Life and Times in Leschi: Powell Barnett, Part 2
In his 1968 interview with Larry Gossett (excerpted here last month), Powell Barnett refers to the fact that housing discrimination was still legal in Seattle into the late 1960s. African Americans had very few opportunities to live outside the Central Area, which included Leschi. The Leschi Improvement Council (LIC) sought to avoid an increasingly crowded ghettoization of the neighborhood and all of Central Seattle. “Open housing,” which banned racial discrimination in housing sale or rental, was legislated by the city council in 1968, the culmination of a decade-long campaign.
For many years the LIC maintained its reputation as a firm force in city politics for preserving low-density zoning in our neighborhood. Nowadays, de facto housing segregation plays out in a different way. As early as the late 1960s, the LIC sought to calm the apprehensions of Blacks that they would be edged out by high income whites returning to the neighborhood through gentrification. But edged, to the further reaches of the city and county, out is what has happened.
In 1966, Powell Barnett represented the LIC in the campaign to establish the crosstown bus service, Route 48, which runs from the Mt. Baker Transit Center to the University District. Having built a base of support, especially in the Black community, this campaign was successful in 6 months. Prior to 1966, there had been no public transportation from the Central Area to the U District that didn’t go through downtown. Not since 1940, that is, when Seattle’s cable-car and electric-streetcar system was abandoned in favor of electric trolleys and gasoline-powered buses. In that earlier era, it was possible to ride a streetcar straight north from 23rd and Jackson to the UW, with a transfer at 23rd and Madison.
Barnett remained active in the community council well into his 80s, attending meetings and taking responsibilities until late 1969.
Powell Barnett Park extends from Alder to Jefferson Street on Martin Luther King Jr. Way, in Leschi. It had earlier been a running track for Garfield High School athletes but was abandoned in 1962. It was sold to the Parks Department in 1966, and improvements were made through the Central Area Motivation Project (CAMP) in 1967. Students at Leschi Elementary School chose Barnett’s name for the park, and upon the recommendation of the LIC, the city named the playground in Barnett’s honor in 1969. The city rule against naming streets after a living person did not apply to public parks. Barnett’s granddaughter, Maisha Barnett, worked with the LIC in 2006 to make improvements throughout the park, develop the children’s play area, and later create the Fitness Zone, which contains adult exercise equipment (for a 6-minute video of the playground makeover, see youtube.com/watchv=q1CJMIiXssc). The community council retains an account for improvements to the park as needed.
In the late 1950s, long before the park was at all developed, I played there as a child, exploring the caverns in the hillside on the park’s east edge.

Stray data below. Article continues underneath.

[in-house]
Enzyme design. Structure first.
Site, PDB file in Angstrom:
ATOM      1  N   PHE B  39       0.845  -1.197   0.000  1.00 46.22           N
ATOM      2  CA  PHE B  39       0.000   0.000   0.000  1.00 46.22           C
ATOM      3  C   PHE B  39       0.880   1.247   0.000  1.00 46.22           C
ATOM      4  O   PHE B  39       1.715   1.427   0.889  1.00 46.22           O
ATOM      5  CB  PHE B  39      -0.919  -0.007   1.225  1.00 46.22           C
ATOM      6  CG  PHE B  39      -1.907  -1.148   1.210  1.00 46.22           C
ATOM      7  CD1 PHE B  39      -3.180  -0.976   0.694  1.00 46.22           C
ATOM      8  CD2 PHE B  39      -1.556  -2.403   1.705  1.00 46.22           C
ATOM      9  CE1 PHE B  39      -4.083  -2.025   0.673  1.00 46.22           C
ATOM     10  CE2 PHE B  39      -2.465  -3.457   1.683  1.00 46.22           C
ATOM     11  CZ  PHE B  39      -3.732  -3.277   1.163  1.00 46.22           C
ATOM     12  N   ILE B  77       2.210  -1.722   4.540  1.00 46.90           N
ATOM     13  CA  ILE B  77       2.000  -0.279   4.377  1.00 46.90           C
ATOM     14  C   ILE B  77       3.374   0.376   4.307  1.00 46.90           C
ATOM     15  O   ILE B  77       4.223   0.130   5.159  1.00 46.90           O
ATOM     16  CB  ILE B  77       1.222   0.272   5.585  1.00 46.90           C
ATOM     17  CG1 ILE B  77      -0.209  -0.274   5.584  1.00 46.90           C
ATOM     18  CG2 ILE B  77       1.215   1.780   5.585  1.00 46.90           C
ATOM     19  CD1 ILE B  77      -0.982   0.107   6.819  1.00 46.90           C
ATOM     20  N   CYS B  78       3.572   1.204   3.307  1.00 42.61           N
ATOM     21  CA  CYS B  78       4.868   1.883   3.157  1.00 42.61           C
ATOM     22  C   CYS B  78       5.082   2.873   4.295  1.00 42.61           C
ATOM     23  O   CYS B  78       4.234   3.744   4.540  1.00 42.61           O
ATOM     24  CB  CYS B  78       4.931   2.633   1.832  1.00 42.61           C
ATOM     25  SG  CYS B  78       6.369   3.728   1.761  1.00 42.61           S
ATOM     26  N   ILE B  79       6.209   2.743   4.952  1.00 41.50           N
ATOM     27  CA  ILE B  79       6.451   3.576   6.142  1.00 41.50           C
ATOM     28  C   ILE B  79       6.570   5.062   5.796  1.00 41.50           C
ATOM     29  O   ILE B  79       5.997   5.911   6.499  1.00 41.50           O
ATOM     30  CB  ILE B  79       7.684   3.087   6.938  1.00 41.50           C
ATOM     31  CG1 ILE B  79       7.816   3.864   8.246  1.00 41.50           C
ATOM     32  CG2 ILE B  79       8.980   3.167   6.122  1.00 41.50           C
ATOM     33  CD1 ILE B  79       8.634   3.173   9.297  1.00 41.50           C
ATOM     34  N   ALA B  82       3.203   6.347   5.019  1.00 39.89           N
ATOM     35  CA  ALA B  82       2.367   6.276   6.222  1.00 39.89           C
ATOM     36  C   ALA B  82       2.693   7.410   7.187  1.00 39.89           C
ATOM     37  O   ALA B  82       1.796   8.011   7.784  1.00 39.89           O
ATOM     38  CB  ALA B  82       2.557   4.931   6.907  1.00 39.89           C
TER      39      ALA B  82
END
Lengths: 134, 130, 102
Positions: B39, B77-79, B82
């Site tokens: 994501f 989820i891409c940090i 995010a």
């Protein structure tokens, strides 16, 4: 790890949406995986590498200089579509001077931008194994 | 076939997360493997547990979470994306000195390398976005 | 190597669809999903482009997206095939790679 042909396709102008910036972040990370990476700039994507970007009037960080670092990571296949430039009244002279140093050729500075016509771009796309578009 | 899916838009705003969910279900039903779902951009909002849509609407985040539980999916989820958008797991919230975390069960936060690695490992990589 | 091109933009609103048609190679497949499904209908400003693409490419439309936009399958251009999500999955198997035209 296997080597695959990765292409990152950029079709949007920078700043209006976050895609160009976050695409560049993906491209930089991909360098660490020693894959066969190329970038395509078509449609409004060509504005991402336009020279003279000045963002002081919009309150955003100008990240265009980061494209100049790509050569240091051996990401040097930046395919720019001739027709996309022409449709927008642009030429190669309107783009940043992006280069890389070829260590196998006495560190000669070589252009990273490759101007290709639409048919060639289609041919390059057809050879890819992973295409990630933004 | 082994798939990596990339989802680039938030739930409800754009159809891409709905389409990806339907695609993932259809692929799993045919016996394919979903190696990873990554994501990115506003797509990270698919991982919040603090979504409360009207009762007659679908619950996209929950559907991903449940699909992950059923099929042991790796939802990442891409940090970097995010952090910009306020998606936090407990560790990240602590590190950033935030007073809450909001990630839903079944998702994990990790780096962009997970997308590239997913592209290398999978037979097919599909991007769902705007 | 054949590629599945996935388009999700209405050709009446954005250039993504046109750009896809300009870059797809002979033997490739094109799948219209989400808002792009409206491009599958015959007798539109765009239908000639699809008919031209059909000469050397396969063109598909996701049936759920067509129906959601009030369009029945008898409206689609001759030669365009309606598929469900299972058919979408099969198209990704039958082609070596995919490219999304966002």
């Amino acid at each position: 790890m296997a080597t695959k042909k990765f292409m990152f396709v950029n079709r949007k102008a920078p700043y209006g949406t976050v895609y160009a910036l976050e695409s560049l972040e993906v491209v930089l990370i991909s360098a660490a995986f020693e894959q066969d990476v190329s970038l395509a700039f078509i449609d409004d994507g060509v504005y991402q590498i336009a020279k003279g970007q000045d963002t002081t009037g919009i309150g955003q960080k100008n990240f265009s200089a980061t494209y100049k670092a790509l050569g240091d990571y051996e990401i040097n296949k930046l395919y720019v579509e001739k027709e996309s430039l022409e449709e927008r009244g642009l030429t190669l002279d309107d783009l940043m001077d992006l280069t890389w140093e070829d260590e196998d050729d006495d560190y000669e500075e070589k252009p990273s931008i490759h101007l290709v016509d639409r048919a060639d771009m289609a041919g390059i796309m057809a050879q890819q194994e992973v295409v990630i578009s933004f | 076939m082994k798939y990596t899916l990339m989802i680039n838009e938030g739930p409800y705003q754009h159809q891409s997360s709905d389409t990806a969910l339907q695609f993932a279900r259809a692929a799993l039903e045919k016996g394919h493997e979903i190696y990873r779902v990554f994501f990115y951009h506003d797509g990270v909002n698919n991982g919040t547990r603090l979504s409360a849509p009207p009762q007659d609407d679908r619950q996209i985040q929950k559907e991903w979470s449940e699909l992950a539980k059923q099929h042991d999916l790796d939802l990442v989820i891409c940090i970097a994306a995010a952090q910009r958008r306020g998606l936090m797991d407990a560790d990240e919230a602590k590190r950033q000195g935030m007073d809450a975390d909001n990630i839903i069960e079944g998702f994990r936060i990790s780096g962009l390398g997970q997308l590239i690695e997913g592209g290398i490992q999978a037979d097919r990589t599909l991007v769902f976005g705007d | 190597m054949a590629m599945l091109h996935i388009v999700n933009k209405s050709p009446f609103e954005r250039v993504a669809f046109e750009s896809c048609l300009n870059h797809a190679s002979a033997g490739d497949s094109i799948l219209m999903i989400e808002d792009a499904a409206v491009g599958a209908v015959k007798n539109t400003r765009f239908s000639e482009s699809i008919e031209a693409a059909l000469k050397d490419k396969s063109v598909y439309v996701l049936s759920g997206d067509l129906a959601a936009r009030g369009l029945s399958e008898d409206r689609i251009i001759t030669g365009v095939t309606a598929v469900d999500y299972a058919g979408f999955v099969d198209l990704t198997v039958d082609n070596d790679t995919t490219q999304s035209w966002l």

Barnett’s civic activism was not limited to the LIC. He was an organizer of the East Madison YMCA (now named Meredith Matthews) as a racially integrated organization. After World War II he was chairman of the welcoming committee that assisted Japanese Americans who had been interned.
He also helped reorganize the Seattle Urban League, of which he was the board chair in 1947. The Seattle Times reported that, at a date not specified, Barnett had a dispute with the board over a provision in the Urban League bylaws that “a certain percentage of the board had to be Negro.”* Barnett didn’t want to raise the percentage, but rather to abolish it. “I don’t care if the board is 100% white,” he said. “This quota thing is what we’re trying to abolish. Negroes want a chance, not a gift.” Subsequently, he chaired a committee that revised the League’s bylaws and protected its membership in the Community Chest charity, which could have been in jeopardy due to the racial quota requirement.**
In 1956, after 25 years of activism with the Urban League (since the 1930 founding of the Seattle chapter), including 15 years on its board, he received the organization’s Annual Award. In his acceptance speech, he credited the organization for the hiring of the first Black schoolteachers, transit operators, and nurses.
For more on open housing, see:
“The Seattle Open Housing Campaign, 1959-1968” at Seattle.gov
“Seattle in Black and White,” part III, by Joan Singler et al, 2011
“The Forging of a Black Community,” chapter 3, by Quintard Taylor 2022
* Seattle Times, May 16, 1967, page 1. ** Mary Henry, Tribute: A Guide to Seattle's Public Parks and Buildings Named for Black People: With Brief Biographical Sketches, page 59
Next month: Barnett’s youth in a coal-mining town; Barnett as a musician.
The author writes monthly about Leschi history and his experiences over his 47 years in the neighborhood.